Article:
Did This Preacher Rob From The Poor To Give To Himself?

An internationally famous pastor has been charged with misdirecting funds for orphans and widows back into his own church.

Gospel for Asia

K.P. Yohannan, the influential international evangelical pastor behind Believers Church, has over the last 38 years grown his Texas-based non-profit “Gospel for Asia” (GFA) into the second-largest mission organization in the U.S. Now, a single lawsuit alleging fraud and misuse of hundreds of millions in donations could bring the whole thing crumbling down.

According to a federal class action lawsuit filed on Monday in Arkansas, Yohannan and others in his organization allegedly took offerings from tens of thousands of faithful under the guise of feeding and housing the world’s most impoverished people. But instead, the lawsuit claims, they used the gifts to build an empire that includes homes, sports teams, private investing, and a sprawling $20 million headquarters in Wills Point, Texas.

GFA’s mission, according to its website, is “to share the Good News of Jesus with those who have never heard his name.” They “train and send national missionaries to reach out into areas where the Good News of Jesus Christ has not yet been heard.” Specifically, they aim to convert those who live in what evangelicals know as the “10/40 Window”—10 degrees to 40 degrees north of the equator—where mostly poor Muslims, Hindus, and Buddhists live.

In videos of sermons before American audiences—which often address the topic of selflessness—Yohannan appears in a button-down shirt and sport coat, joking about his emigration from India and his thick accent before a crowd of evangelical southerners. When presiding over Believers’ Church, Yohannan more closely resembles the leader of an episcopal church, wears flowing robes, and—as documented by the indefatigable religion blogger, Warren Throckmorton—at times having junior pastors kiss his ring.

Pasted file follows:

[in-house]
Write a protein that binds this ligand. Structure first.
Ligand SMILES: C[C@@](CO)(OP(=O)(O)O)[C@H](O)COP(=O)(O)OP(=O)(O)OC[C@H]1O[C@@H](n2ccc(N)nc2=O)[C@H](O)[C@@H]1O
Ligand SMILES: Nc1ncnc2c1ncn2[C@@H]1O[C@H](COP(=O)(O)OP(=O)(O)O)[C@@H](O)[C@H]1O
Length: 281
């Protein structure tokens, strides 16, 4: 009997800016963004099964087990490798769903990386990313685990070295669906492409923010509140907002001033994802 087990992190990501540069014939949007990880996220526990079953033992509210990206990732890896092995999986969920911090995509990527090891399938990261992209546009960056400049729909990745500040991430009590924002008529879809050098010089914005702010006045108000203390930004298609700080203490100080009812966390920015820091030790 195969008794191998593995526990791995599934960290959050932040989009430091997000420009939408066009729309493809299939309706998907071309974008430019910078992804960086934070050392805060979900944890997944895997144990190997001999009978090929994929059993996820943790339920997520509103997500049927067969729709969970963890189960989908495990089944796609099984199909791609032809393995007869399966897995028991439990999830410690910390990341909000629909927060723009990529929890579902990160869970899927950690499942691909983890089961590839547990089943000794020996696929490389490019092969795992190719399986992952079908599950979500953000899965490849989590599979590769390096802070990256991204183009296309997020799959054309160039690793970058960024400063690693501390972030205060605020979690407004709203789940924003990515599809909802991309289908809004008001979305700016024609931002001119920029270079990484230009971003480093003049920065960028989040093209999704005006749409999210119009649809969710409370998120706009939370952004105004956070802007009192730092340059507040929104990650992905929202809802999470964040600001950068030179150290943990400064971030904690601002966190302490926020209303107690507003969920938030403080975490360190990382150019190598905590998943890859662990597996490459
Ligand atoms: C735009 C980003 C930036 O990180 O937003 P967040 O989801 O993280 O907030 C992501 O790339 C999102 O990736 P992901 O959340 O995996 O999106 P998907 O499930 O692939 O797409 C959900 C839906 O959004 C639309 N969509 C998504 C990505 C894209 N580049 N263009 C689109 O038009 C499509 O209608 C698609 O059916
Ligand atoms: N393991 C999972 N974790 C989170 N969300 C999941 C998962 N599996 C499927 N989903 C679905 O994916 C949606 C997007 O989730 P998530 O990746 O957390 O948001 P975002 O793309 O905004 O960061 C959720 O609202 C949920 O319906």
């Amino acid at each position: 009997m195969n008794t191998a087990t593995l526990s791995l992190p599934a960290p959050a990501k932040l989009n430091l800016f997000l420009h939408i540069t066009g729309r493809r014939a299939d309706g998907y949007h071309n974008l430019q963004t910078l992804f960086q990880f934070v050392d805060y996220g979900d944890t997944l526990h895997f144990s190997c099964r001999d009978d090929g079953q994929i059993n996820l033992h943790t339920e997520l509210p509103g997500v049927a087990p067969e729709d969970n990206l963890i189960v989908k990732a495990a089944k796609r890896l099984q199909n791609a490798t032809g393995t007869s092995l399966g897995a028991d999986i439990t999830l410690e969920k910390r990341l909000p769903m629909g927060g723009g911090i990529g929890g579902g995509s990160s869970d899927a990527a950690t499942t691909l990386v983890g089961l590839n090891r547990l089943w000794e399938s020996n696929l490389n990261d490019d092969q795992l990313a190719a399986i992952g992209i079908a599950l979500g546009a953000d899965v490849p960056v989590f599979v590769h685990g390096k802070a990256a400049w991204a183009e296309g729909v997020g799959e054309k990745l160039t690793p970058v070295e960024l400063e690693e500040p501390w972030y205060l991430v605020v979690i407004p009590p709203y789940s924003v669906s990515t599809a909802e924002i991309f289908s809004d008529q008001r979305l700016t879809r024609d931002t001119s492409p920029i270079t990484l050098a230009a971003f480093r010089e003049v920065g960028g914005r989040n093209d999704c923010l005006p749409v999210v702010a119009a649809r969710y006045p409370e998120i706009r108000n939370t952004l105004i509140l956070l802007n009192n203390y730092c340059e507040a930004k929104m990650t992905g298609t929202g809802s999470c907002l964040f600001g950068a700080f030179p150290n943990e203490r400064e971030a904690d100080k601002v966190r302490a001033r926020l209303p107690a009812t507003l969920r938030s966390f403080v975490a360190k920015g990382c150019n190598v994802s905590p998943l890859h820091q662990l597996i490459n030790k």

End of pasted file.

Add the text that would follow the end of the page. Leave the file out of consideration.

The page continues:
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“Yohannan and his associates divert much of this money and do with it as they please,” lawyers for plaintiffs Matthew and Jennifer Dickson allege in the complaint.

In an email to my request for comment, Brian Kirik, a spokesman for GFA wrote, “We are still trying to get our arms around exactly what we’re being accused of, and so this is all we will be saying for today. Though we intend on being fully cooperative and transparent.”

Gospel for Asia posted a statement on Friday that said in part, “We will fully cooperate with the law and are in the process of securing specialized legal counsel to help us and our other legal advisors navigate this new challenge.

“We consider it a blessing to finally have the opportunity to bring this matter to full resolution through an impartial arbiter, and you can rest assured that in the meantime we will continue operating on behalf of some of the world’s most desperate people in some of its most complex environments. We hope you will pray for us, for these ongoing challenges are certainly also challenges and distractions to our mission.

The staff leadership of Gospel for Asia are working diligently to handle all of this responsibly and with integrity. We will come out of this stronger.”

The lawsuit charges that Yohannan, his wife and son, and two others affiliated with GFA were involved with fraud and racketeering, and requests that a judge issue an order barring GFA from continuing its fundraising practices, as well as pay restitution and damages in what could amount to tens of thousands of donors.

Between 2007 and 2013, the complaint alleges that GFA has solicited over $450 million in donations from United States donors, with over one million unique donations made each year.